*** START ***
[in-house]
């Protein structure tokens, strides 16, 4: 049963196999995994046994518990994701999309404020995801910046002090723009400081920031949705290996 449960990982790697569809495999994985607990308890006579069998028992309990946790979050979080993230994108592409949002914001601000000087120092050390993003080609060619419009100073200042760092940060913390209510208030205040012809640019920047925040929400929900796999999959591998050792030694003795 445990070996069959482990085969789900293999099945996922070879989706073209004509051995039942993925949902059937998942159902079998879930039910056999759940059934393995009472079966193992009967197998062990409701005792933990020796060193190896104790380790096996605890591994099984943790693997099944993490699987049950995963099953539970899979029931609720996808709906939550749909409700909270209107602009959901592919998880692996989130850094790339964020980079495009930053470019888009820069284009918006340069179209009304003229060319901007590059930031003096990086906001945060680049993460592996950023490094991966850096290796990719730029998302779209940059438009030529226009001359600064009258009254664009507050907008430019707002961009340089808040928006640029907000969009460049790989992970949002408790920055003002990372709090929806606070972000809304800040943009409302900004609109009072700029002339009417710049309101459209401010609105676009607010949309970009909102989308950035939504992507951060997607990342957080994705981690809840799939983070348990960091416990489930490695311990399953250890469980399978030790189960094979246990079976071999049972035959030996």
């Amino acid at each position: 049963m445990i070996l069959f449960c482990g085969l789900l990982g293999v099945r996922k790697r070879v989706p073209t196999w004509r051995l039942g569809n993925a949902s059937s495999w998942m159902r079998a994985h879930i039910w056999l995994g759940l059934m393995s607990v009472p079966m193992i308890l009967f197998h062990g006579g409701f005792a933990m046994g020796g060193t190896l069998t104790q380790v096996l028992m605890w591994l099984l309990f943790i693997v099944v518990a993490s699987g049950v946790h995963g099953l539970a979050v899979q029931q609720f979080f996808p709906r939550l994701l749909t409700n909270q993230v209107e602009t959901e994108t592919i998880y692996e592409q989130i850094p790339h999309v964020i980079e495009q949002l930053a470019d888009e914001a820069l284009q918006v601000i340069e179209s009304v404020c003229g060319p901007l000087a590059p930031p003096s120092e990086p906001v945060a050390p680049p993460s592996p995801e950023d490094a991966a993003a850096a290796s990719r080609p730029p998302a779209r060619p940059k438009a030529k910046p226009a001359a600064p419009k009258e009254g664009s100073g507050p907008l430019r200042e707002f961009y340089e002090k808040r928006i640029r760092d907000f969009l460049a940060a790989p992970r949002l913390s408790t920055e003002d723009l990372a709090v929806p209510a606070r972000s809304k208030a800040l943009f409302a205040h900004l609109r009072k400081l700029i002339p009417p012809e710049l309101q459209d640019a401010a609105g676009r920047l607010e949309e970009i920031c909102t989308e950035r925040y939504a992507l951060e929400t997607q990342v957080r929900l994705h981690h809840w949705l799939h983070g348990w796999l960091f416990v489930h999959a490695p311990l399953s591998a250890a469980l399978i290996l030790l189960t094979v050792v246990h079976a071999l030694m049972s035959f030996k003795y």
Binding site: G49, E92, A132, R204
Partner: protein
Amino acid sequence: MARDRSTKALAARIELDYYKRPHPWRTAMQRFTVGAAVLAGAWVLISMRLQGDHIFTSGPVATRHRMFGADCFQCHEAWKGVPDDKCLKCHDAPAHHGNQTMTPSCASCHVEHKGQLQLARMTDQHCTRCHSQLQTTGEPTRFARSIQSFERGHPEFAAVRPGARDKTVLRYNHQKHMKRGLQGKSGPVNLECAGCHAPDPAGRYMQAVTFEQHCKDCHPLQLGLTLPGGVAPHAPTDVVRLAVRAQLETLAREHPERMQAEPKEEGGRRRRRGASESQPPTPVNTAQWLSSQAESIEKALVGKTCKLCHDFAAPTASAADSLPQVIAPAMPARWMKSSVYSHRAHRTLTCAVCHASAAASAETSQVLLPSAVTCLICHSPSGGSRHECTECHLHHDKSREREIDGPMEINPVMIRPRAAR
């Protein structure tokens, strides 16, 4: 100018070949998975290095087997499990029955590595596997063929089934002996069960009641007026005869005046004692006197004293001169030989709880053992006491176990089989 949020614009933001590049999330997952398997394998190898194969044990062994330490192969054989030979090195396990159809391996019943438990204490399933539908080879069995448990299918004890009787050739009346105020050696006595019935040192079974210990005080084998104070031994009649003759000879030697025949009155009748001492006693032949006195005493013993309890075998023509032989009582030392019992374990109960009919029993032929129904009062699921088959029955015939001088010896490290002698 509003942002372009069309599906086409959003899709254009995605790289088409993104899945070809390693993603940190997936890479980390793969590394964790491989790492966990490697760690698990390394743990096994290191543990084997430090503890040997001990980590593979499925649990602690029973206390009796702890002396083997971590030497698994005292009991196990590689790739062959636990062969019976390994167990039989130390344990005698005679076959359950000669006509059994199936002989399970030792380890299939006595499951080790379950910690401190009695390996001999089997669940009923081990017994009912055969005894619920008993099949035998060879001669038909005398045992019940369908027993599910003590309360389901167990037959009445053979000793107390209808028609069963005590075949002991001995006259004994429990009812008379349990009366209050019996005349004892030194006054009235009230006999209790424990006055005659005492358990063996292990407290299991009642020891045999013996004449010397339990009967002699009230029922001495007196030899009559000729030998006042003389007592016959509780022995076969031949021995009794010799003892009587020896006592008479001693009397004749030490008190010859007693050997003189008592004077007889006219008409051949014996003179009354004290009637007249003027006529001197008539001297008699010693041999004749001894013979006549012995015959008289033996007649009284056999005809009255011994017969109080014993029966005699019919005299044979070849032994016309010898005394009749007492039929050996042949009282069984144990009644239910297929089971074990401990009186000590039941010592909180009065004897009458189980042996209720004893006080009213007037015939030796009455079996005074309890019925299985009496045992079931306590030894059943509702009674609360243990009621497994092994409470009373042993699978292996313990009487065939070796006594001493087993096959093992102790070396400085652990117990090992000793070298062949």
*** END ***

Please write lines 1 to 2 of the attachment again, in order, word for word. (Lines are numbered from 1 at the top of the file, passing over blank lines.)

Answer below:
[in-house]
């Protein structure tokens, strides 16, 4: 049963196999995994046994518990994701999309404020995801910046002090723009400081920031949705290996 449960990982790697569809495999994985607990308890006579069998028992309990946790979050979080993230994108592409949002914001601000000087120092050390993003080609060619419009100073200042760092940060913390209510208030205040012809640019920047925040929400929900796999999959591998050792030694003795 445990070996069959482990085969789900293999099945996922070879989706073209004509051995039942993925949902059937998942159902079998879930039910056999759940059934393995009472079966193992009967197998062990409701005792933990020796060193190896104790380790096996605890591994099984943790693997099944993490699987049950995963099953539970899979029931609720996808709906939550749909409700909270209107602009959901592919998880692996989130850094790339964020980079495009930053470019888009820069284009918006340069179209009304003229060319901007590059930031003096990086906001945060680049993460592996950023490094991966850096290796990719730029998302779209940059438009030529226009001359600064009258009254664009507050907008430019707002961009340089808040928006640029907000969009460049790989992970949002408790920055003002990372709090929806606070972000809304800040943009409302900004609109009072700029002339009417710049309101459209401010609105676009607010949309970009909102989308950035939504992507951060997607990342957080994705981690809840799939983070348990960091416990489930490695311990399953250890469980399978030790189960094979246990079976071999049972035959030996």